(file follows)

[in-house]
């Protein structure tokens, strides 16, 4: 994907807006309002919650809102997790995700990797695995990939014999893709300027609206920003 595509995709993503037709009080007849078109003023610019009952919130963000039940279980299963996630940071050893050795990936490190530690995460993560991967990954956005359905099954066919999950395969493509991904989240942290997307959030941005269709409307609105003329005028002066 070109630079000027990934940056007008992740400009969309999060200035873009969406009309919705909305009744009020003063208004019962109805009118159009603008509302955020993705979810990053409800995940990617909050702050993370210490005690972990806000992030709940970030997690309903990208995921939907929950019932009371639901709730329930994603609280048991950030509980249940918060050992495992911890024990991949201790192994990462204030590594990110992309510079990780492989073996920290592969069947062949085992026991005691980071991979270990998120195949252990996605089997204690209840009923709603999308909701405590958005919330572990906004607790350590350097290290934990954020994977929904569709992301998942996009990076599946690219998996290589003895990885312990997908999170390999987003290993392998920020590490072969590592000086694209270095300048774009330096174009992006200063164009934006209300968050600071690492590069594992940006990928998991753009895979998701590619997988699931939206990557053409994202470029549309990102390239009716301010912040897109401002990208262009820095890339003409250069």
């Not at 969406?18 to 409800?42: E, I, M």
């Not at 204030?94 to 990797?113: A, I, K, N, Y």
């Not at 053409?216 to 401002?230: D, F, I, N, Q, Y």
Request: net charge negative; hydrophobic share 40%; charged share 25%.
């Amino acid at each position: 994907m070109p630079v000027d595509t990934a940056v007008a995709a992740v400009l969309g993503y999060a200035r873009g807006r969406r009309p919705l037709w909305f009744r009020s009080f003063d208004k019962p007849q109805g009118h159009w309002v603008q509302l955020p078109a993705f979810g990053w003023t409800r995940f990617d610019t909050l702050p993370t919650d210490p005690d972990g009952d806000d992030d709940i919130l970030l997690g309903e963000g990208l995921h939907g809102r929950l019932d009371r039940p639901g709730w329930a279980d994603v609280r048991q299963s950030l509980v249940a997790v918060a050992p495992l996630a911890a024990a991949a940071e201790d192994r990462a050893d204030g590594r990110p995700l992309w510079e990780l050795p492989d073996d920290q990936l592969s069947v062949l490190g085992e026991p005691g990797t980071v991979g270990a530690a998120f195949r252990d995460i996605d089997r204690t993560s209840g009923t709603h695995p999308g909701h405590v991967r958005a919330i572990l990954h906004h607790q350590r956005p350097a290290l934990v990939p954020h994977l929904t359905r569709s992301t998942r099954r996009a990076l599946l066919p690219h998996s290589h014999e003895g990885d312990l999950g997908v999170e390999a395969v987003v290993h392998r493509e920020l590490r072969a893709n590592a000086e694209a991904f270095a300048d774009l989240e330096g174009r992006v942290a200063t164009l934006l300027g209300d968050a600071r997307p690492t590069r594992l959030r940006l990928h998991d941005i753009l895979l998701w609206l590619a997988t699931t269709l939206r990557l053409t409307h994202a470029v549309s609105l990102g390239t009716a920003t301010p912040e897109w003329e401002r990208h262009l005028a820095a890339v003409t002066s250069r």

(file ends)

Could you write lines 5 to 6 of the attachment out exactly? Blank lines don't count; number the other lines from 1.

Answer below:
């Not at 053409?216 to 401002?230: D, F, I, N, Q, Y």
Request: net charge negative; hydrophobic share 40%; charged share 25%.